the mighty spirits
Making your own fresh summer cocktails
by Bob McCoy
We’ve waited patiently through a long, cold, snowy winter. We’ve been teased and tested by the fickle and moody spring. But now, finally, we’ve been rewarded for our wait with the beautiful bounty beheld in summer!
Sure, this means good weather, day trips to the beach, swims in the ocean, cookouts on the patio and late-evening walks. For some it means school vacation or weekend getaways; for others, trips to Fenway or friends’ weddings.
But what gets me most excited in the summer are the shimmering jewels resting atop the rich soil of local farms. Any foodie would agree that it’s the fresh local herbs and produce that makes us tick. But while I’m a sucker for a good meal, my reasons are slightly more selfish and of the liquid variety.
I’m talking about summer cocktails! There’s no better way to quench your thirst and cool your mind than with a creative and refreshing drink using local, seasonal ingredients.
But how do you put together a drink like this and where do you start? Surprisingly, combining fruits and herbs together, balancing them between sweet and sour and enhancing them with spirits is easier than you might think. But let’s start at the beginning.
For as long as we’ve been mixing drinks, we’ve been incorporating some form of produce. Bar lore has it that it started with punch in the 17th century, the drink of choice before the birth of the cocktail, when the communal bowl was made using a combination of spirit, sweetener, citrus, spice and water. The citrus was a variety of fresh fruit, the spice often tea or herbs and the finished product was elaborately garnished with an assortment of colorful berries.
By the 1800s, drinks were being constructed in a smaller format for the individual to enjoy on his or her own. We begin to see the “children of punch,” as drink historian David Wondrich refers to them. There were cobblers, smashes, slings and the like with recipes that called to shake the fruit or press the herbs in the drink in order to impart more aroma and flavor. Around this time the mint julep was created, a drink of bourbon, mint and sugar that has stood the test of time, especially on Kentucky Derby Day each year. In the first half of the 20th century the mojito and caipirinha were born, two more drinks that have regained popularity recently, especially during the hot summer months. By the mid 1900s the bellini appeared, a simple and elegant aperitif of white peach purée and sparkling wine still popular at brunch or before dinner. Today, we can find numerous variations of these classics touched by the garden, proof of how easy making your own drinks can be.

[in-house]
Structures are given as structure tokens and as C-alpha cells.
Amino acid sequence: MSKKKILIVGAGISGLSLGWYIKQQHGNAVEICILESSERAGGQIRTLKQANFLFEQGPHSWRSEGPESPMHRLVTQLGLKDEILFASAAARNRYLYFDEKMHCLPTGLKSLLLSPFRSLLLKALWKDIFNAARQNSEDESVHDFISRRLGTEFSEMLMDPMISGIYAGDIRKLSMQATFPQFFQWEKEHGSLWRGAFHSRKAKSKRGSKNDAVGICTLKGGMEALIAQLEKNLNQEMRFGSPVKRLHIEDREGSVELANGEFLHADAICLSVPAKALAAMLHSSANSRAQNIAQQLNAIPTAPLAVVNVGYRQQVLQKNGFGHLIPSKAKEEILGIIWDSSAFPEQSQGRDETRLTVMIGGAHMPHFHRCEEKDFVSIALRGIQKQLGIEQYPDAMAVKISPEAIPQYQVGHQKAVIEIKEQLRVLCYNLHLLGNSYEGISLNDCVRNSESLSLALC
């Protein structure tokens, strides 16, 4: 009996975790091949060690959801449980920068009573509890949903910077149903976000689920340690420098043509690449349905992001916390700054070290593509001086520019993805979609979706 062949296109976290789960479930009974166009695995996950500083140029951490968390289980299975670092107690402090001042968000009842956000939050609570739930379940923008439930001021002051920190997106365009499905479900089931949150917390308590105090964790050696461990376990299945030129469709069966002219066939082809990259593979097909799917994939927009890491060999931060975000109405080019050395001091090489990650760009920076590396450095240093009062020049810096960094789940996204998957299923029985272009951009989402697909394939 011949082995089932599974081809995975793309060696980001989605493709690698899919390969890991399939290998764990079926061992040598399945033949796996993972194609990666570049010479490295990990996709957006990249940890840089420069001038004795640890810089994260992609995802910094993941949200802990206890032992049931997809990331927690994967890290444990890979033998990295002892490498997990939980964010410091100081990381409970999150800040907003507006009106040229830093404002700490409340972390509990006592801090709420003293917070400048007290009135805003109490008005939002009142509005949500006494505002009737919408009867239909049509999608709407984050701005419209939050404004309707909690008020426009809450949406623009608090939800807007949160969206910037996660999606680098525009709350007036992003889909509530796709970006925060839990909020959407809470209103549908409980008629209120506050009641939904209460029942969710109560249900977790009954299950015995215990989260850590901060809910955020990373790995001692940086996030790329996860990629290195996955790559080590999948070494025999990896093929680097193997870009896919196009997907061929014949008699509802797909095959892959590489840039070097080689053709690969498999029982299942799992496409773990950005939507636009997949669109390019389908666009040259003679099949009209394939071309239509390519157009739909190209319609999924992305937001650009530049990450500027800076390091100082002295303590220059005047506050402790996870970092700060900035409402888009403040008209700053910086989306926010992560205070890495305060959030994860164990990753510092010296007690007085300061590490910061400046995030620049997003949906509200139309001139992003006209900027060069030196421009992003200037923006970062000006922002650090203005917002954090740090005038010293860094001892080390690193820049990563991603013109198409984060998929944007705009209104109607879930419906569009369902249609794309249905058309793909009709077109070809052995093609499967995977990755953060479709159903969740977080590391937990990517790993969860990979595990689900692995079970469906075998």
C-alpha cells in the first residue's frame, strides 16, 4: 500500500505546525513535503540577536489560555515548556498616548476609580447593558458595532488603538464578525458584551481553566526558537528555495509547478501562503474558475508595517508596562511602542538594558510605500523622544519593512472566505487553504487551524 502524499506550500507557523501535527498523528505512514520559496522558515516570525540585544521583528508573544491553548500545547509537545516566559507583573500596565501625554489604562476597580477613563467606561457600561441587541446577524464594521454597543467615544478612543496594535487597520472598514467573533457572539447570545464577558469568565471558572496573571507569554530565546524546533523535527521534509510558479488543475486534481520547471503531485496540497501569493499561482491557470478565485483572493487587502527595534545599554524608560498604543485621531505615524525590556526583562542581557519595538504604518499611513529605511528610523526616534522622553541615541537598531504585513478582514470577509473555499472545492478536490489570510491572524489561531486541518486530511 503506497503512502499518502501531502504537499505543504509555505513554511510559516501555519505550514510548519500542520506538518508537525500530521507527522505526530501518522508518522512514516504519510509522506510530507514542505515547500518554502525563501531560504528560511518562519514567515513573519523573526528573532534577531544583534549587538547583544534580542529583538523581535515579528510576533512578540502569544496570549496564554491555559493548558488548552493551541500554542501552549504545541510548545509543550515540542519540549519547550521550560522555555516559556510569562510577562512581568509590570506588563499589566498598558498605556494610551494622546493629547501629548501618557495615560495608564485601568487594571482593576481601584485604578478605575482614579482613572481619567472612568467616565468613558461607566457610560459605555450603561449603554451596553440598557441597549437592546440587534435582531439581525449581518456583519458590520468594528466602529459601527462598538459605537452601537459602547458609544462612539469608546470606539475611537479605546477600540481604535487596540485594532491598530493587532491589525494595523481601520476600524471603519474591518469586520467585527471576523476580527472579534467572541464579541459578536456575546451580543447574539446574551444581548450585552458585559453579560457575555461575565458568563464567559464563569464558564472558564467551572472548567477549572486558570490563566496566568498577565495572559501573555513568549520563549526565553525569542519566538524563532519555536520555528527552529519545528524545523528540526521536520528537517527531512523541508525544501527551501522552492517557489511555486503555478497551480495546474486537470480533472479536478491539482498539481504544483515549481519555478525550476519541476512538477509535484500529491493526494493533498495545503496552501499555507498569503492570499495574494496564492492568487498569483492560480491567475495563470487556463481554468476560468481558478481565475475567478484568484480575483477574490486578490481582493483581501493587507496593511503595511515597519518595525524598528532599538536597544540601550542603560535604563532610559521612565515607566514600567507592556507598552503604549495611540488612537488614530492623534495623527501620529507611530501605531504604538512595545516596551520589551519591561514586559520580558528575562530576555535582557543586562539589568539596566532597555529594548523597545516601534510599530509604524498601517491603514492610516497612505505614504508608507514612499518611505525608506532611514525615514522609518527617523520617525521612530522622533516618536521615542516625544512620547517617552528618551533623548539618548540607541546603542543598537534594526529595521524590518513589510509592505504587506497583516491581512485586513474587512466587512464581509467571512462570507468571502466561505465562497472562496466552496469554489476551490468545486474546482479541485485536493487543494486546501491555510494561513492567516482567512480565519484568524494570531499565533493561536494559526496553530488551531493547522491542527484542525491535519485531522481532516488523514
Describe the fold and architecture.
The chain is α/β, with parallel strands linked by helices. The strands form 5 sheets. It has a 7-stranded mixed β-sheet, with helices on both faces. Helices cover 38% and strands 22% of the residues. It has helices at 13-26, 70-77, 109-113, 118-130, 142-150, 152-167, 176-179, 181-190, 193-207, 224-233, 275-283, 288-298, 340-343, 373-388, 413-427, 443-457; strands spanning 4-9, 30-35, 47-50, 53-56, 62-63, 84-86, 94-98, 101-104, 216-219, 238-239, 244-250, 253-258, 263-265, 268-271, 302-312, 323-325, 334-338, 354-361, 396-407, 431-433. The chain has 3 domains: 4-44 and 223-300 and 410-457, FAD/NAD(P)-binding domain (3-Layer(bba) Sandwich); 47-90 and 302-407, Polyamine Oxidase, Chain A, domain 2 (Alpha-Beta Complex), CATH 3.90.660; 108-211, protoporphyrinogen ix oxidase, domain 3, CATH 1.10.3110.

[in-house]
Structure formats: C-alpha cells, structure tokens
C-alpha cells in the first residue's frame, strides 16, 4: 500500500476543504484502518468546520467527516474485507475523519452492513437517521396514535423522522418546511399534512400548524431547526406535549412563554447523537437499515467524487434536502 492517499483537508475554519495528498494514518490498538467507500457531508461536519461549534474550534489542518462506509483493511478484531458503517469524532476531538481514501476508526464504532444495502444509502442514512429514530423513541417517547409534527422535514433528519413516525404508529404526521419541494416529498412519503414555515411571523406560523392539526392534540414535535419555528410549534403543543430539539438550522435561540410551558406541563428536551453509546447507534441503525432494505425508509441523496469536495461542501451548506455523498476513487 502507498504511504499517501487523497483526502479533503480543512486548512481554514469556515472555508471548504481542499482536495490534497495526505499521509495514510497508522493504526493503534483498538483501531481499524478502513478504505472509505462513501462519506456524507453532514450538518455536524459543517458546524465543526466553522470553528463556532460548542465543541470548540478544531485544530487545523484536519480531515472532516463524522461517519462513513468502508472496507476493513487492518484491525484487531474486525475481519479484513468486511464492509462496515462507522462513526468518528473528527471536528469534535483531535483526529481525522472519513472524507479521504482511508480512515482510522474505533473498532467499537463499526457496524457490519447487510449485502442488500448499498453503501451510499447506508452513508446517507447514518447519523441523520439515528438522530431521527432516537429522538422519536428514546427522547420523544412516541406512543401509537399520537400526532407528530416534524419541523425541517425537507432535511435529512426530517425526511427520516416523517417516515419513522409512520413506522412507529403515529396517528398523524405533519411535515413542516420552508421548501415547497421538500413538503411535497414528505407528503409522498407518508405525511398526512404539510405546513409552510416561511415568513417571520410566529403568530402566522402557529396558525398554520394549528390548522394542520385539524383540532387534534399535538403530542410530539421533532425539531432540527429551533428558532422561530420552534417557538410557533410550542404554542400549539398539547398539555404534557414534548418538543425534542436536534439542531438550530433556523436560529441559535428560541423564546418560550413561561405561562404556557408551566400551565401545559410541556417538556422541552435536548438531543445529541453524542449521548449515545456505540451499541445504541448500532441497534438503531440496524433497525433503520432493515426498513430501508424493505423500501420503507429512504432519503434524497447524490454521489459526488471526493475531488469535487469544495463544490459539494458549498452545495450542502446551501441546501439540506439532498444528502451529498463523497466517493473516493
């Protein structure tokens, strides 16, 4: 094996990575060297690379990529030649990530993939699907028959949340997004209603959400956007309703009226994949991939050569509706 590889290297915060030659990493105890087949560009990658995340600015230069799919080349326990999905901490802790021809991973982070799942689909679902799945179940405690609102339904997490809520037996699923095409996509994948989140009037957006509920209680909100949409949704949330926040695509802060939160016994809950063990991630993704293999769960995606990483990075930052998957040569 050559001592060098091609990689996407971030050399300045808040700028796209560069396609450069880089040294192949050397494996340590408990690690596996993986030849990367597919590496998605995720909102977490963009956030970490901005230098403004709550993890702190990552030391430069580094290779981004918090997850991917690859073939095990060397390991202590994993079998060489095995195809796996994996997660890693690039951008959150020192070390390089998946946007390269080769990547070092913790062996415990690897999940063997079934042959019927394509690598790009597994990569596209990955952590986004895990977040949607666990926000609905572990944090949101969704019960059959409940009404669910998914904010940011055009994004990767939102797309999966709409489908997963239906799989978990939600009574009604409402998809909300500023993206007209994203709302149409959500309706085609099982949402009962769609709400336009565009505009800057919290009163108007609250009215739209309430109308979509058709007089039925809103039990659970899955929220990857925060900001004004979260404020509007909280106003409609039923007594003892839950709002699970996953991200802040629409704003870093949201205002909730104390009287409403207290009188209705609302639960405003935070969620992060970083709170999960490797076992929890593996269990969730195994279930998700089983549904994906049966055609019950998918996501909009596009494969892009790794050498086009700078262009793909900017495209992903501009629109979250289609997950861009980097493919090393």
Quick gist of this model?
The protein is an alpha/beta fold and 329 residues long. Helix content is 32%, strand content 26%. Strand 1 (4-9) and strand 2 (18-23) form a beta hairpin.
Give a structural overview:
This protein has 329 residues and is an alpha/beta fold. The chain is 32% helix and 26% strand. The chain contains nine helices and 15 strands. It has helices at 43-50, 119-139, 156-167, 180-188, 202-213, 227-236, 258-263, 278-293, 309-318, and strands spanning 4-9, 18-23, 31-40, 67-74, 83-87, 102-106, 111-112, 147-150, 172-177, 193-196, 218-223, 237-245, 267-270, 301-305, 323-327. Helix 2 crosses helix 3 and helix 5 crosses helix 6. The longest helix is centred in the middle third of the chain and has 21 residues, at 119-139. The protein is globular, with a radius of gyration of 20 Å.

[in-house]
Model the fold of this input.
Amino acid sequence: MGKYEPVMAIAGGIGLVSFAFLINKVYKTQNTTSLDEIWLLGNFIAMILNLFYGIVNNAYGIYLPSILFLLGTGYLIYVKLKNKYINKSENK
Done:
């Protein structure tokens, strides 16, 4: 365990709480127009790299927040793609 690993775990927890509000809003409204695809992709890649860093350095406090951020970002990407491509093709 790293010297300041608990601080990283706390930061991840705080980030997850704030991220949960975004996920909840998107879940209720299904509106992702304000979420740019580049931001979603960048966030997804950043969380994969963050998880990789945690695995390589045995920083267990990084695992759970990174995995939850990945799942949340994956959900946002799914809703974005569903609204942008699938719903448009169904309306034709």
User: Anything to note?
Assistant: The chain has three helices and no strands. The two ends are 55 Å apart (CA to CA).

Whether it’s a peach mint julep, raspberry mojito, cherry caipirinha or apricot bellini, you can create a drink of your very own by following a few basic rules:
1. Follow the classics. They’ve stood the test of time for a reason: They work! When you first start mixing, use these recipes as models to construct your own drinks, substituting like items for one another (for example, using lemon in a drink that calls for lime or gin in one that calls for rum). Only after gaining some solid experience should you wander totally off the reservation.
2. Balance. The most basic and often best recipes rely on balancing types of flavors. Want to add something sweet? Great, but be sure to add something sour or bitter in order to offset and maintain symmetry in your cocktail.
3. Harmony. When you’re picking out ingredients to construct a drink, ask yourself: Do these flavors play well together? This can be the tricky part, and it may take a little trial and error in order to discover which flavors really bring out the best in one another. I find a lot of my inspiration in culinary books, where some of the best chefs have already done the work for you. Once you see the same flavor combinations popping up again and again, chances are they make a great match. Here are some suggestions to get you started, but be sure to experiment on your own. This chart is meant to be an inspiration, not a constriction. I’ve omitted vodka since its neutral nature makes it a match with almost any fruit or herb.
Bob McCoy is head bartender at Island Creek Oyster Bar located in Kenmore Square. He can be reached at firstname.lastname@example.org.
|Spirits||Fruits and Herbs|
|Gin||berries, mint, basil|
|Tequila||peppers, cilantro, sage|
|Whiskey||stone fruits, vanilla, ginger|
|Brandy||apples, figs, rosemary|
So now that we have the basics down, let’s make some drinks!